The Menomonie school board Monday approved a five-year strategic plan, which includes a goal of offering a STEM certificate at Menomonie High School in the 2019-2020 school year.

MHS students could earn the certificate — which would focus on science, engineering, technology and mathematics — by completing STEM courses, student activities with a STEM focus and finishing a STEM-related capstone project, director of instruction Brian Seguin said in May.

The board hasn’t approved the STEM certificate; it first discussed the proposal at a May meeting.

A board member Monday disagreed with the certificate’s place on the strategic plan.

“There were some questions raised … to think about how you make that STEM accessibility equitable for students,” board member Chris Freeman said, recommending the board take another week to look at the plan before voting. Freeman in May said the certificate could put students who aren’t studying STEM at a disadvantage.

District administrator Joe Zydowsky said the strategic plan isn’t asking the board to approve a STEM certificate now, but is responding to community comments about preparing students for careers and college.

The plan is a changing document; staff will bring the plan back to the board each year with specific action plans, Zydowsky said.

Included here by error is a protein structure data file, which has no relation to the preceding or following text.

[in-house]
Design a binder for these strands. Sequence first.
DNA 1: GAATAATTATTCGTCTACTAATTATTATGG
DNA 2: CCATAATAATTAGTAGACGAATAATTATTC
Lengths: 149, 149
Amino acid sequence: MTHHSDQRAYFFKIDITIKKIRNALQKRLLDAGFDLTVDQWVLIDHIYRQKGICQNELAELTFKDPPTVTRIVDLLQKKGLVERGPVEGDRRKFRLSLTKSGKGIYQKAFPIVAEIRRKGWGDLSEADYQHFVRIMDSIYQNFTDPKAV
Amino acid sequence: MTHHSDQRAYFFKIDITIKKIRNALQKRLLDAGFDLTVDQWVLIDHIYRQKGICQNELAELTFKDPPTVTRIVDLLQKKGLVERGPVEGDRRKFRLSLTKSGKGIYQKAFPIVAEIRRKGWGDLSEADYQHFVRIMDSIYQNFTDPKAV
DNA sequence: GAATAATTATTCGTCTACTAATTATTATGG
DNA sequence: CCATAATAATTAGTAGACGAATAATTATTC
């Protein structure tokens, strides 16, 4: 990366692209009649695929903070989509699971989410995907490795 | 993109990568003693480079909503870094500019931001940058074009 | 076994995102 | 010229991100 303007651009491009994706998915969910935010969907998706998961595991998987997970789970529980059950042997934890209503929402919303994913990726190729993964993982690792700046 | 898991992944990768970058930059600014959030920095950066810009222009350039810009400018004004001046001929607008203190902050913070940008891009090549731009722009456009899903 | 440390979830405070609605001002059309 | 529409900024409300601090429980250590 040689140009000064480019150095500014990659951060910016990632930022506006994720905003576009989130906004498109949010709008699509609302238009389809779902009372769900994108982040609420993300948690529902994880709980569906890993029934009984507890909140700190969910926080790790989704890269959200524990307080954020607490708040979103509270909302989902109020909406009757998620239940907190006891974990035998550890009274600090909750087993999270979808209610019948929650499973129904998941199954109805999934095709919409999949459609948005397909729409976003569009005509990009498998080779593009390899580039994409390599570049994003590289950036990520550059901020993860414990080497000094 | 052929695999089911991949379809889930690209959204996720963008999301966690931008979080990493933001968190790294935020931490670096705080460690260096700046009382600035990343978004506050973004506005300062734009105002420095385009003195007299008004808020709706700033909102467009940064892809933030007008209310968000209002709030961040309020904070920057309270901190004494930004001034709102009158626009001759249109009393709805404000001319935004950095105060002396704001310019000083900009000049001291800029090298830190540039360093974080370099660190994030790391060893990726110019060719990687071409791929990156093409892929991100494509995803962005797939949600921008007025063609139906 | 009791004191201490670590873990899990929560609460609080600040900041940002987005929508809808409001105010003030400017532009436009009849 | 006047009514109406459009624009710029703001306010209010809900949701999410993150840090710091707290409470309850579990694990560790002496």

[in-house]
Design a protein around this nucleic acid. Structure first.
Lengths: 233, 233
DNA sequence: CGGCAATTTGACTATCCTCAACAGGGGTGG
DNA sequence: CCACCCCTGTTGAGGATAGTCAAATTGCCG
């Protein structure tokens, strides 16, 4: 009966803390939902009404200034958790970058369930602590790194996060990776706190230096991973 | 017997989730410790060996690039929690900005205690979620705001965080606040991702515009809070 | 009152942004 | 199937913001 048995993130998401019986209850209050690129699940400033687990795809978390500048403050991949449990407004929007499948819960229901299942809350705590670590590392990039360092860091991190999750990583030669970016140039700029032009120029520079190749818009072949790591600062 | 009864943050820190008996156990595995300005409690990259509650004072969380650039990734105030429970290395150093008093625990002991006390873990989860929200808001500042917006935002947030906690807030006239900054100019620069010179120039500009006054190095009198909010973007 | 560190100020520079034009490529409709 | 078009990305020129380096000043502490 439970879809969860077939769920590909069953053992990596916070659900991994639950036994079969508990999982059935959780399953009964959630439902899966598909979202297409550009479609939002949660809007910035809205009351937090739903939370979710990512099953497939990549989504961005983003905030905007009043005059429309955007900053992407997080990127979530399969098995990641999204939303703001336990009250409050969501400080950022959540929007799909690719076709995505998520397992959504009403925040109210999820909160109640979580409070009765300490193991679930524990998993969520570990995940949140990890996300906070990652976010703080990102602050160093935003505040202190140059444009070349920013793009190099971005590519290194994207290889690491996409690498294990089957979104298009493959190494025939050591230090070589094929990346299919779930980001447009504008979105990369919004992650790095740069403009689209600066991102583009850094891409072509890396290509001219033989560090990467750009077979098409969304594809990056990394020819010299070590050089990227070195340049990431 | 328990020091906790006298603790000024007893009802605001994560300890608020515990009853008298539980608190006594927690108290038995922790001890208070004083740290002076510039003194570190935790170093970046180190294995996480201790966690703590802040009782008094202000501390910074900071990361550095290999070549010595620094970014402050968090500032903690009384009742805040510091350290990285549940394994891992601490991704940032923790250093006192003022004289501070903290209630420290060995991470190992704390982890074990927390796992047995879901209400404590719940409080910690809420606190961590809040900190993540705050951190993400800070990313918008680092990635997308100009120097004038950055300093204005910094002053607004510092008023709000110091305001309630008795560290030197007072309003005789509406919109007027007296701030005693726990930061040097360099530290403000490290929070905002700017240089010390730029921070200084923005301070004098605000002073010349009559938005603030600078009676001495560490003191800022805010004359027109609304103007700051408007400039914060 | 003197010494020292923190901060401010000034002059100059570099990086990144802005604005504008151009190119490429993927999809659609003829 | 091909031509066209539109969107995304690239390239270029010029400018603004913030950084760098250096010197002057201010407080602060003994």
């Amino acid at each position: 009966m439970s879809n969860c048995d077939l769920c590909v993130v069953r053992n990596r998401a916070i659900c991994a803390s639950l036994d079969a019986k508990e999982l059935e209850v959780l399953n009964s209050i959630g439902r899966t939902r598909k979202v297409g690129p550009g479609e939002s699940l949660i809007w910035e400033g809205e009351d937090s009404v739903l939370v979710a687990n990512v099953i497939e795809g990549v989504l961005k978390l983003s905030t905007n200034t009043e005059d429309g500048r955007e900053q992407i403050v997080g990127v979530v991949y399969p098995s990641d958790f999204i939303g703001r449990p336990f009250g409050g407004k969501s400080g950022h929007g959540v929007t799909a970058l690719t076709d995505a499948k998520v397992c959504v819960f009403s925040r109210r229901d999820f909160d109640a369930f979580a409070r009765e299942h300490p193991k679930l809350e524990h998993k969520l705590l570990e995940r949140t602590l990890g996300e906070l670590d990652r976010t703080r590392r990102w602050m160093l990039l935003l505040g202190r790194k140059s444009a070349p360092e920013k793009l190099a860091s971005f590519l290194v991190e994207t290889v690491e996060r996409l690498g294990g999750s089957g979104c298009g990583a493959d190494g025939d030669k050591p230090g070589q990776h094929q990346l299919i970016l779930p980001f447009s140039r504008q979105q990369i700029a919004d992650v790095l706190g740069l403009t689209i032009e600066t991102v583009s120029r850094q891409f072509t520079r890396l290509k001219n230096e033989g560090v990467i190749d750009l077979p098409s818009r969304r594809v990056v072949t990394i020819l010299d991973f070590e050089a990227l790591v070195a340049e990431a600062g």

The district created the plan with two surveys, over 40 focus groups, a steering committee and input from employees, students and parents, Zydowsky said.

According to the plan, the district has several goals by summer 2020: increasing student participation in dual-credit courses by at least 2 percent per year, increasing internships for high school students by at least 1 percent per year and increasing the number of students entering college by at least 0.5 percent per year.

The district will also aim to train staff in adolescent mental health and create a system to track student-reported mental health emergencies by the summer of 2020, according to the plan.

The district also has a goal to build secure entrances at Oaklawn Elementary, Menomonie Middle and Knapp Elementary schools by the summer of 2020, according to the plan.